eli5: System integrator

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I’m a copywriter tasked with writing a website copy for an industrial automation software company. As I was doing my research, I kept stumbling upon this particular term: system integration/integrator”. Now, I’m not the brightest of folks when it comes to explaining technical terms. So, loves, please explain it like I’m 5.

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4 Answers

Anonymous 0 Comments

A system integrator is a bit of a generic term for a company that pulls together various pieces of equipment into a more or less functional or complete system.

Say someone wanted to build a complete automated assembly line to make some product. They would go to a system integration specialist that would design the entire system that might involve control software, robots (made by someone else), assembly stations, conveyor belts, transfer systems, fixtures and monitoring systems. The SI basically buys and configures all these various elements, puts it together, installs and test the entire assembly line. In many cases the SI might not manufacture any of these different elements themselves, they’re just responsible to integrate it all together.

Sort of a combination of architect and general contractor combined if we use the analogy of home building.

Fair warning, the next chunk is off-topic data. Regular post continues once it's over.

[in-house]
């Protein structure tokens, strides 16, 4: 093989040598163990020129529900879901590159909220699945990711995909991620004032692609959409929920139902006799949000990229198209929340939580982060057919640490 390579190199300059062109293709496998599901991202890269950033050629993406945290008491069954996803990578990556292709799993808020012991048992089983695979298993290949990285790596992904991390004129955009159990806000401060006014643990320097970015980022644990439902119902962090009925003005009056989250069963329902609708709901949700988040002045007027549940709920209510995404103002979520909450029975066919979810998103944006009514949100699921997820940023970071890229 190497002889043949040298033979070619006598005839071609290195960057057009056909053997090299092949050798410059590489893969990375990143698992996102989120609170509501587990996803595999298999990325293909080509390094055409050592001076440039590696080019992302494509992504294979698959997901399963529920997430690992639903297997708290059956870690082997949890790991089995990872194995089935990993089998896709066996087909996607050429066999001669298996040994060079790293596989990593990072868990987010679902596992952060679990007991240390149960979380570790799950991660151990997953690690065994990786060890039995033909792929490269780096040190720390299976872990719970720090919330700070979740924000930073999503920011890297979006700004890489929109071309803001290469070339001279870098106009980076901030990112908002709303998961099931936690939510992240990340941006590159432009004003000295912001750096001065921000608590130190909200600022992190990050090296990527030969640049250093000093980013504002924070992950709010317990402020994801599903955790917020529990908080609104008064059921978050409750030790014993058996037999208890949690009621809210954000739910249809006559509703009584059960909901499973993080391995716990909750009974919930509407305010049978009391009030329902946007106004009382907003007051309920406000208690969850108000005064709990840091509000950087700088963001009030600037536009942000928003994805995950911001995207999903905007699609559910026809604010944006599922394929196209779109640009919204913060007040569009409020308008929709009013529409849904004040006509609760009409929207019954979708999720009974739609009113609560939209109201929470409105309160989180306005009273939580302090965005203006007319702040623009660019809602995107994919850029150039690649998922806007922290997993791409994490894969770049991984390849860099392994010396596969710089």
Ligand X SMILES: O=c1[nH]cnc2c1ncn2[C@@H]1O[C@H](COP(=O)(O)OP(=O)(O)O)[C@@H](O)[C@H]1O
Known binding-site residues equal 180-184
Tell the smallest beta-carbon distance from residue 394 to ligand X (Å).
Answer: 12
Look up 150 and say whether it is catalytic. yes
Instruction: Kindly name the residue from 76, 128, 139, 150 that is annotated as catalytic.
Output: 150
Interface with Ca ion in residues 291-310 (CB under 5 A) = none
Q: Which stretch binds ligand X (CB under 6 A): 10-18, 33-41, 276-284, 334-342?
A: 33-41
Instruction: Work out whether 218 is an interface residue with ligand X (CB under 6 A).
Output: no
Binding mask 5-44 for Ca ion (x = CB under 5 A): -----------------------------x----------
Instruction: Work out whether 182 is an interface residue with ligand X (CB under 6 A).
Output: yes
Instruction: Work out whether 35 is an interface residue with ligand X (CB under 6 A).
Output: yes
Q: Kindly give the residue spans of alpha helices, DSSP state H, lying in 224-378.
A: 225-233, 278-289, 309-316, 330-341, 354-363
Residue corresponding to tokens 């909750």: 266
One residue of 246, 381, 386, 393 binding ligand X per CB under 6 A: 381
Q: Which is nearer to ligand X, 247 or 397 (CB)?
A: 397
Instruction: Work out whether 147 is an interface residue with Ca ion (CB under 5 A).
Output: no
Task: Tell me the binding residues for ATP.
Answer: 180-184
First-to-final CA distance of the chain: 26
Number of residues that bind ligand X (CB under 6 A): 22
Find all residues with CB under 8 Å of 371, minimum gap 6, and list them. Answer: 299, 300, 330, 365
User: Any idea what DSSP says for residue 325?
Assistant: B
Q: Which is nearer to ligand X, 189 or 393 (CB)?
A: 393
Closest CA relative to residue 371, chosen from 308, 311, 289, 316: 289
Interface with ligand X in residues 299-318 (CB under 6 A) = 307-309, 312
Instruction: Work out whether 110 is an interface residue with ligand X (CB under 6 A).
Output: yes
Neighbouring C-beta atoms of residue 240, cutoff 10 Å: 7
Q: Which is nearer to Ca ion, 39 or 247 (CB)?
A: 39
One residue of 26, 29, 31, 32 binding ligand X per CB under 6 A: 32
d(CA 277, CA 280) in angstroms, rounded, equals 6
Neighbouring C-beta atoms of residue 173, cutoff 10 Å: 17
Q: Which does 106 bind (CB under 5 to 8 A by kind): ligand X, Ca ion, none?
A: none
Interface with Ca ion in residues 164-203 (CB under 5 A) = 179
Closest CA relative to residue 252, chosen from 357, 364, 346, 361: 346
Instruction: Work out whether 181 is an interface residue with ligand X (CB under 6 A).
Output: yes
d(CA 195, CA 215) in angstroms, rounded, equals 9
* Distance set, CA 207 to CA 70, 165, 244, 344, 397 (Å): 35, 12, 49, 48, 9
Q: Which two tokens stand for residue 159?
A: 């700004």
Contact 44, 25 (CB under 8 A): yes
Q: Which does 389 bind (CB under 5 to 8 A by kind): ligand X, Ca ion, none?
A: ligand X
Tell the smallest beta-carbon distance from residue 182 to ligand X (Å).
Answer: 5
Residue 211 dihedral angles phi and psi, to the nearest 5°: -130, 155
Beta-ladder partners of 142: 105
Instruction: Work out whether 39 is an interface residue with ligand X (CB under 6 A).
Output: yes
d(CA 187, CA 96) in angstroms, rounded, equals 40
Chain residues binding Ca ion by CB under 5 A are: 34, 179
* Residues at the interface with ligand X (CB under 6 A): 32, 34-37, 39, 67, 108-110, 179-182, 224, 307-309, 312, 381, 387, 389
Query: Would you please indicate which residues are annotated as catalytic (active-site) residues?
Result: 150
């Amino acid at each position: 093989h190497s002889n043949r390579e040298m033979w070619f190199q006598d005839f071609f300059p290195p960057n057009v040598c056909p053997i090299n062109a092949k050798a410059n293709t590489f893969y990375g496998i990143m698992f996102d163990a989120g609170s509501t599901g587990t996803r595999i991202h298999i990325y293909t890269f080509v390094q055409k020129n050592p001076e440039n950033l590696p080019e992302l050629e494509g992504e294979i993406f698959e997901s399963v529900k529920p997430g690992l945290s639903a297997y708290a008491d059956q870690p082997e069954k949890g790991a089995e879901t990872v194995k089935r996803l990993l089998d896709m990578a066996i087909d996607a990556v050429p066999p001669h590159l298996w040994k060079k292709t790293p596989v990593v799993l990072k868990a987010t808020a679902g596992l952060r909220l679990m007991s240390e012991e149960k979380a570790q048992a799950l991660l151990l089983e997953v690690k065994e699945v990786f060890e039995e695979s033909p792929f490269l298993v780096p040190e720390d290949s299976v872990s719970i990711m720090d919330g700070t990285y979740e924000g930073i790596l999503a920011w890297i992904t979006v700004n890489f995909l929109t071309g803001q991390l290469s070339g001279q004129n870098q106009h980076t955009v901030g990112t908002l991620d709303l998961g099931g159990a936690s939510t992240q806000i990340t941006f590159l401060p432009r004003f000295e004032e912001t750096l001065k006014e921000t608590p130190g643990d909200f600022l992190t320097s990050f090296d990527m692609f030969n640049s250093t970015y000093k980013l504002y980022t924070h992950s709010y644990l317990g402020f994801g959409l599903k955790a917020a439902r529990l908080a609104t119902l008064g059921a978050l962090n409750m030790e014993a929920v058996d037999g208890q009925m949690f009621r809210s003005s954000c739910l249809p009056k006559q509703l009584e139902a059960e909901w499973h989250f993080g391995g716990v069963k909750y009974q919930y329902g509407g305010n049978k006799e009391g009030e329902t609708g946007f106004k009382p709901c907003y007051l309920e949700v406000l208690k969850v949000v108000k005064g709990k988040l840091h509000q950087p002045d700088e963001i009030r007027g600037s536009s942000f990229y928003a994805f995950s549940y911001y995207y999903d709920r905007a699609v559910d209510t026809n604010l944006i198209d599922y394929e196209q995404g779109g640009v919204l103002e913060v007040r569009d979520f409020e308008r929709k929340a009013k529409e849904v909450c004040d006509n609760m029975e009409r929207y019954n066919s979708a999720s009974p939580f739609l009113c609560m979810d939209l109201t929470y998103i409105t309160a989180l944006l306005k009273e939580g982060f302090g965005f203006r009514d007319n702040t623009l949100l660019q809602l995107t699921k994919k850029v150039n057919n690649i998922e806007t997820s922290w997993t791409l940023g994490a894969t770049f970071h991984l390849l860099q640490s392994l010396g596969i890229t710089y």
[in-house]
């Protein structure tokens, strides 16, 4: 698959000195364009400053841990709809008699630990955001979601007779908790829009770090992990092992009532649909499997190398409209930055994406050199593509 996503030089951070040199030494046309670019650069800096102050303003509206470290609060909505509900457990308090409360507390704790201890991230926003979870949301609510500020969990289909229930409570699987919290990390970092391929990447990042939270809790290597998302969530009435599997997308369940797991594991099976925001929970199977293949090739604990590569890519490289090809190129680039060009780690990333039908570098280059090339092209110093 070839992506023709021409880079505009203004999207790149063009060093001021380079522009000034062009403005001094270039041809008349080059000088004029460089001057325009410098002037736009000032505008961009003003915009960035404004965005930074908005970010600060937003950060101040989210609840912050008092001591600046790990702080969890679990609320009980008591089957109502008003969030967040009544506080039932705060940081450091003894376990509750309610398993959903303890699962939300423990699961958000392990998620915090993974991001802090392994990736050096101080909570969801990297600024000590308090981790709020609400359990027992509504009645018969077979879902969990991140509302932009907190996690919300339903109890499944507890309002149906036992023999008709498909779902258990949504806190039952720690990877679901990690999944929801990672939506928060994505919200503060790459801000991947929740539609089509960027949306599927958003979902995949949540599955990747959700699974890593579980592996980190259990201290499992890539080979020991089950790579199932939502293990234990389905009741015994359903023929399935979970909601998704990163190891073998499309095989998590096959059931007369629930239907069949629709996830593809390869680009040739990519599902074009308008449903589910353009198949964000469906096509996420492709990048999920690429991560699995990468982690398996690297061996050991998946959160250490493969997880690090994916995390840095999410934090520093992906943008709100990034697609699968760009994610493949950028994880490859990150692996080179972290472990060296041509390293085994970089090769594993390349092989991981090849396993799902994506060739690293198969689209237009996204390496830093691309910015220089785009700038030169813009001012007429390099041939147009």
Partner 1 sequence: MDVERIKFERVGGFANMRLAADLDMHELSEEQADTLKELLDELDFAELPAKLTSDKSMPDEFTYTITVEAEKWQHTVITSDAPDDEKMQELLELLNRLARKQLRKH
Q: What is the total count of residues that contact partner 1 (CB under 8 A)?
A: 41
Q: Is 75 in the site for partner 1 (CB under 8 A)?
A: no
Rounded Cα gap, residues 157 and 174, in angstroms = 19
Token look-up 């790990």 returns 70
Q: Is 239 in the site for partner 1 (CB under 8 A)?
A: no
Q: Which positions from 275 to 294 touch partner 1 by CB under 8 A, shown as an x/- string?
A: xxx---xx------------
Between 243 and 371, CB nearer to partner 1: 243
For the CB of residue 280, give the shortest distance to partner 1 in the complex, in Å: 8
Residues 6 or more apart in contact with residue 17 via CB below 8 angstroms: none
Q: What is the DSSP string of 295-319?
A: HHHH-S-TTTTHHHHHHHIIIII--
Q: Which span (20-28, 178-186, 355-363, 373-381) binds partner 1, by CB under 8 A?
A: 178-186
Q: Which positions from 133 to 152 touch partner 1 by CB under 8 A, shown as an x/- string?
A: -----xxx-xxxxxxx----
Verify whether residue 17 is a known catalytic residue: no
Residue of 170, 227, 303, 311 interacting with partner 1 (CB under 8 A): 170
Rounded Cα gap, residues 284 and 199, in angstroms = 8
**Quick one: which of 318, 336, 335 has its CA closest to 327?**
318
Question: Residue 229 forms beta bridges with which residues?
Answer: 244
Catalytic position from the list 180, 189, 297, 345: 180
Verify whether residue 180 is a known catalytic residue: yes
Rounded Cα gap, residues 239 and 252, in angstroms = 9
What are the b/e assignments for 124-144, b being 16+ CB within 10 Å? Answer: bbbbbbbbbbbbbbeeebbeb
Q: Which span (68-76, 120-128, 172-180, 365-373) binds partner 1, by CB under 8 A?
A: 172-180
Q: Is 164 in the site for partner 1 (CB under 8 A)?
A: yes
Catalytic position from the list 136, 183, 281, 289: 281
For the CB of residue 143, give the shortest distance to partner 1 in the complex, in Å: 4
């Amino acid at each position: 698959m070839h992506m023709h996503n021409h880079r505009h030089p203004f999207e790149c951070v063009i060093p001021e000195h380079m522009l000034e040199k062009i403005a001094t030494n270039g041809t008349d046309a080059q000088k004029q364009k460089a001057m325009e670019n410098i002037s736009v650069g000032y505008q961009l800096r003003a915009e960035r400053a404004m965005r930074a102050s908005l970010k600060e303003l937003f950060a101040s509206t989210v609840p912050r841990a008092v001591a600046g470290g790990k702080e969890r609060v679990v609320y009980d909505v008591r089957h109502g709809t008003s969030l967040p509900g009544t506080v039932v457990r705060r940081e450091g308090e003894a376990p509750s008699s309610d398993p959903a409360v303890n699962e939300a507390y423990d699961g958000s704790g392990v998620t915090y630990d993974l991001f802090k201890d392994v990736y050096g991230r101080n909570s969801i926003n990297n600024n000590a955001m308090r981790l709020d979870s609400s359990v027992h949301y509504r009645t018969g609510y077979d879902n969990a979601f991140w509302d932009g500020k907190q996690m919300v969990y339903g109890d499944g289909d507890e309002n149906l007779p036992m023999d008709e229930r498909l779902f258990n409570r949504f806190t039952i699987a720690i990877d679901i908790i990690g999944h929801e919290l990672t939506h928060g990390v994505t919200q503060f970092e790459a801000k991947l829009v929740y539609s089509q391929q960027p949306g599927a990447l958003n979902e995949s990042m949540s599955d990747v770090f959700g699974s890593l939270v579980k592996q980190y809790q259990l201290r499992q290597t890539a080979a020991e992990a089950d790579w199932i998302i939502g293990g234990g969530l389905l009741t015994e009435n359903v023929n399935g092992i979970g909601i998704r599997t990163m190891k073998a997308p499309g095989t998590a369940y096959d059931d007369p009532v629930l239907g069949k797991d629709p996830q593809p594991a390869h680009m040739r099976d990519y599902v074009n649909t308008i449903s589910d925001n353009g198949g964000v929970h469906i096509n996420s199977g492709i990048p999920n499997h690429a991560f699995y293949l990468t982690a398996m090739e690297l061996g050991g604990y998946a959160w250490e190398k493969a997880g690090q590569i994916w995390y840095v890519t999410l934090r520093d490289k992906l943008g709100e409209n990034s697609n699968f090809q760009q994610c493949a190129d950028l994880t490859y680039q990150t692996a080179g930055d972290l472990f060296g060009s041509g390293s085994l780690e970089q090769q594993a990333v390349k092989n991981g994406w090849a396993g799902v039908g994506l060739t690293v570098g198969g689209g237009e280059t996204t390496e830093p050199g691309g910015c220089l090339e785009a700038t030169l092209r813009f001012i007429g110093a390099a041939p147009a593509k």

Anonymous 0 Comments

Just replace the word with “admin”.

In 99% of cases a system integrator is literaly just the administrator.

In theory they do slightly different tasks, like a system intergrator is supposed to setup systems like servers, but in all real world cases its the same position.

Anonymous 0 Comments

It will depend on context, but in general it refers to someone or a company who is responsible for assembling a complete product (or system) or application from parts/components (integration) they procure from third parties.

Examples in manufacturing include pretty much all car manufacturers (They buy components from third party suppliers) or ASML (They buy a lot of parts for their lithography machines from third party suppliers).

In the software world this is typically a consulting company like Accenture. They might use software from Microsoft, Oracle, or IBM to build a final application. For example, taking Azure web services with an Oracle database, and IBM made server software to create a website.

Anonymous 0 Comments

Dell is a manufacturer. They make* a bunch of the important guts that go inside a computer. Custom motherboard, custom power supply, custom case, etc.

Falcon Northwest, Ibuypower, Puget are system integrators. Mostly.** They use commodity motherboards, commodity power supplies, commodity cases, commodity coolers. The same stuff you could order from newegg. And then they put it together and at least say that they tested it, and ship it to you.

*At least notionally. I’m sure in reality a lot of their parts are subcontracted out, but they’re still in some sense Dell’s parts.

**A lot of PC system integrators “make” at least a few parts, typically cases (but these are usually standard products from business-to-business manufacturers — places that exist to put your company’s logo on their product)